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Quicksort outperforms Heapsort in practice. Mergesort is the only stable one of the 3 (in plain vanilla implementations). So it's either quicksort or mergesort that'd get used depending on the situation at hand (in-place in memory or external sorting etc.,)

So is there ever a case where the heap data structure is indeed used for sorting? No matter how much I 'Google' or try to come up with applications, almost always one chooses merge/quick-sort over heapsort. I've never encountered a case where heap sort is actually used in my professional life either. What would actually be a good use-case for heapsort in practice (if at all), out of curiosity?

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closed as not constructive by Mitch Wheat, Jim G., Don Roby, Joe, talonmies Dec 30 '12 at 8:17

As it currently stands, this question is not a good fit for our Q&A format. We expect answers to be supported by facts, references, or expertise, but this question will likely solicit debate, arguments, polling, or extended discussion. If you feel that this question can be improved and possibly reopened, visit the help center for guidance. If this question can be reworded to fit the rules in the help center, please edit the question.

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This is a very interesting question, please leave a comment as to why it should be closed. –  David Titarenco Dec 30 '12 at 1:25
    
Please provide a reason for voting for 'closing' the question. This is a legitimate programming question, IMHO. –  PhD Dec 30 '12 at 1:26
    
As it's not a question with a "correct" answer it should be, at best, community wiki. The close votes so far have all been for "As it currently stands, this question is not a good fit for our Q&A format. We expect answers to be supported by facts, references, or specific expertise, but this question will likely solicit debate, arguments, polling, or extended discussion." The portion after the "but" is what is important here. –  Donnie Dec 30 '12 at 1:31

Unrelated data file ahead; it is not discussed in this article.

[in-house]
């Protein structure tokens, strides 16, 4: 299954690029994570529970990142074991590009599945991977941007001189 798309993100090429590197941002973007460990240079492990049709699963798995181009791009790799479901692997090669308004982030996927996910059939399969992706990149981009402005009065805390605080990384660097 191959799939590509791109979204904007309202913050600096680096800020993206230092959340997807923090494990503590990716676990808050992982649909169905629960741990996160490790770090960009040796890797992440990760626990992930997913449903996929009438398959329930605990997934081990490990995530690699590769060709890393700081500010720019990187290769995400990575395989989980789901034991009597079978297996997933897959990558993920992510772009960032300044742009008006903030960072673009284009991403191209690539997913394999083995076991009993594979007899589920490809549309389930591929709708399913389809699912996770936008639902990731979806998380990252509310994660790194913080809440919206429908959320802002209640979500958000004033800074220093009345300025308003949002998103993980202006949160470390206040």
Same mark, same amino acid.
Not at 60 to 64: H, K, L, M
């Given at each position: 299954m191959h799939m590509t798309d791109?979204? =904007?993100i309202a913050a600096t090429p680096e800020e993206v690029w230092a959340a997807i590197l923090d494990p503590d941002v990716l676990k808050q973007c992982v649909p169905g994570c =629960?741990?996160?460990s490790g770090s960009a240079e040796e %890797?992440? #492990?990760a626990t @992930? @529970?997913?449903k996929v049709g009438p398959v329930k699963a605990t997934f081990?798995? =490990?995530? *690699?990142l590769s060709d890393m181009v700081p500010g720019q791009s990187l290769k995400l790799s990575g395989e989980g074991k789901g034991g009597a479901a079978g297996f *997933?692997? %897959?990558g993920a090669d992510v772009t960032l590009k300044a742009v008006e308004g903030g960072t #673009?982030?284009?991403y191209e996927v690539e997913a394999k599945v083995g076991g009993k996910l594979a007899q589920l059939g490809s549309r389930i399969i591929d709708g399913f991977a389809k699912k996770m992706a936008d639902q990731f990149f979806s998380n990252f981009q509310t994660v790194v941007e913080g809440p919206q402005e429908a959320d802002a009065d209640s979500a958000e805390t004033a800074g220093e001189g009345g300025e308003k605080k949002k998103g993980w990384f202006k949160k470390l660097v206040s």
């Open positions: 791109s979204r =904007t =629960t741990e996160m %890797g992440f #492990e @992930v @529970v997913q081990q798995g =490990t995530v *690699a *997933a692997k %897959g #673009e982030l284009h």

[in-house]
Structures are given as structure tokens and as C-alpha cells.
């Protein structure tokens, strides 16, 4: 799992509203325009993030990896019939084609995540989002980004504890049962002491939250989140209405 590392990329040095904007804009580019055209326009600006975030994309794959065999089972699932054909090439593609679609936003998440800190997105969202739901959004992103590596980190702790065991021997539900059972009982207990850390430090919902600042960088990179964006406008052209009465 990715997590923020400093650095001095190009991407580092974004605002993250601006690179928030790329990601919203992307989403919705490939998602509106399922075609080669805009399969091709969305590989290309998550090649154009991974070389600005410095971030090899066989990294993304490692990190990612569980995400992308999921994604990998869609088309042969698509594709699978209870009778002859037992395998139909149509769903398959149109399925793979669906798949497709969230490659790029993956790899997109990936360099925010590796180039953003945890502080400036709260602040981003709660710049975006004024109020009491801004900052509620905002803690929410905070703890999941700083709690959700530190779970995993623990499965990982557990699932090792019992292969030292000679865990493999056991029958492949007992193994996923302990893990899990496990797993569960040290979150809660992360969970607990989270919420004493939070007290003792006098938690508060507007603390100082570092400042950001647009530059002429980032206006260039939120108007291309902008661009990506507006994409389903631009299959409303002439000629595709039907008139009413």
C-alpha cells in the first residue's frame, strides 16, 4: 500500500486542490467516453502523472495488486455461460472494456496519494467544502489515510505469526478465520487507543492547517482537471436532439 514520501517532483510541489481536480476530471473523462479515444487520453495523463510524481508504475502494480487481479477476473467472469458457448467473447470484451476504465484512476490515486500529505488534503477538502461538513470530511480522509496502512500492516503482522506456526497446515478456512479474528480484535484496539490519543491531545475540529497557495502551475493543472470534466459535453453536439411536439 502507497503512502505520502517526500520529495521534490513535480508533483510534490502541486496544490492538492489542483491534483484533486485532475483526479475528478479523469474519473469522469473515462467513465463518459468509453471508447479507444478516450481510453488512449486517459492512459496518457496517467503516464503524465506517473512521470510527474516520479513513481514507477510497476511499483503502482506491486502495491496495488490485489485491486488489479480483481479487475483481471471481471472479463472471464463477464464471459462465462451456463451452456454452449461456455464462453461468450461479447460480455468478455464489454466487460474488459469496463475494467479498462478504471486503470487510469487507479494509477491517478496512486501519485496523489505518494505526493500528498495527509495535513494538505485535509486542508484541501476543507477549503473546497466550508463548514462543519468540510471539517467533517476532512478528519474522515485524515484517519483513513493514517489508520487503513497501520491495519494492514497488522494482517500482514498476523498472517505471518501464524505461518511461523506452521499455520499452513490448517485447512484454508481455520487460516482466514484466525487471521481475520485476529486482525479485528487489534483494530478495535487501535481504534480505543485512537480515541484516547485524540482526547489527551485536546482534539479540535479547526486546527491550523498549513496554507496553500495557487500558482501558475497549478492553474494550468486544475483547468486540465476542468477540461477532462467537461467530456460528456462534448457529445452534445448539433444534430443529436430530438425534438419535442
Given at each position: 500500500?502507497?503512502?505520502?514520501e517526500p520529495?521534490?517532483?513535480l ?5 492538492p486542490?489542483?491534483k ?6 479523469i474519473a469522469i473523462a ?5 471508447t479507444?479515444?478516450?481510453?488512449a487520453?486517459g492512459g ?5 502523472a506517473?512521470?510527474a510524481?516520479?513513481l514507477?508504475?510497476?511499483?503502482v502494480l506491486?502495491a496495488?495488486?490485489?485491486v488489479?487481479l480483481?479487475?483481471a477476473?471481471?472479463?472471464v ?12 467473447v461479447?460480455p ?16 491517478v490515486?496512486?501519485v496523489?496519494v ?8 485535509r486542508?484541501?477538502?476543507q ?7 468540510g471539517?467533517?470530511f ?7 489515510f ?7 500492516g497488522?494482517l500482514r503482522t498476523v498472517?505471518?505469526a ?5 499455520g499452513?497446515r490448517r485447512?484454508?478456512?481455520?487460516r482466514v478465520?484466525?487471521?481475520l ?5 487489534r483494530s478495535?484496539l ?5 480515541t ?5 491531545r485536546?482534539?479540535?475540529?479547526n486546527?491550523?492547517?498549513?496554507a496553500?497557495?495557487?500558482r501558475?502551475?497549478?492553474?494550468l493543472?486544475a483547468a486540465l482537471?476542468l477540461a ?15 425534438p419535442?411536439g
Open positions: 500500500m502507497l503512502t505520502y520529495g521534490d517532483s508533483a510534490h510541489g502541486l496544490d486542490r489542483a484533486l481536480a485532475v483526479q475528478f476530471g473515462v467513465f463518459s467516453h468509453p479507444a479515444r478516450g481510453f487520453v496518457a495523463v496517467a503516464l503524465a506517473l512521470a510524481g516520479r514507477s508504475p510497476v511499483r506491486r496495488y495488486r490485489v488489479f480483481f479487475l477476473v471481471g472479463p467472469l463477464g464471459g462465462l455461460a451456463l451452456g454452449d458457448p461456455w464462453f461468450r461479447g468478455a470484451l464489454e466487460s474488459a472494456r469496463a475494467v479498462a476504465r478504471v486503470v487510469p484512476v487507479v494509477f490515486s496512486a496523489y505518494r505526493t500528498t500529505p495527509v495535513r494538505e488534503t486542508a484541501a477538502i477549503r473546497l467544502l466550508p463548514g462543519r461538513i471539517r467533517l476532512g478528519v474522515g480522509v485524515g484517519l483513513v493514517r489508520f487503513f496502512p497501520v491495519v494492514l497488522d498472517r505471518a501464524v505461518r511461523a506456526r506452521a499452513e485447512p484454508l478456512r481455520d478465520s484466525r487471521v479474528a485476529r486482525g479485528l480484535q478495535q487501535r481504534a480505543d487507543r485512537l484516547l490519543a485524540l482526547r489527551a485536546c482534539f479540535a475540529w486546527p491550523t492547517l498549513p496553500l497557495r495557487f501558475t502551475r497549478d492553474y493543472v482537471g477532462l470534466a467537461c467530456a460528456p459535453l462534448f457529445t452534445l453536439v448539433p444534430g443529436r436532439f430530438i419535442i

@Donnie - I think there is a correct answer to this problem. It's either a yes or a no with reasons. I don't think it'd solicit debate as to which algorithm to use; but more as objectively asking/answering where exactly would heapsort be the best fit in practice. That does have a correct (subjective) answer, IMO. –  PhD Dec 30 '12 at 1:34
    
That's a discussion, not a Q&A question. As noted in the close reason. –  Donnie Dec 30 '12 at 1:37

1 Answer 1

up vote 5 down vote accepted

Some benefits off the top of my head (will amend this list after I do some more research:

  • Almost-sorted sets benefit from being sorted by heapsort.
  • Space-conscious environments often prefer the O(1) space complexity of heapsort. Think embedded systems.
  • Huge data sets benefit from the guaranteed running time of O(nlog n) as opposed to the probable better running time of quicksort. Think medical, space, life-support, etc.
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I agree on the second point of embedded systems. That seems like a promising approach. But for almost-sorted sets, insertion-sort would outperform heapsort, IMO. As for point 3, even mergesort has that guarantee, leading one to fallback on it instead of heapsort. –  PhD Dec 30 '12 at 1:31
    
@PhD: dl.acm.org/citation.cfm?id=359026 - True. I remember reading otherwise somewhere. –  David Titarenco Dec 30 '12 at 1:33

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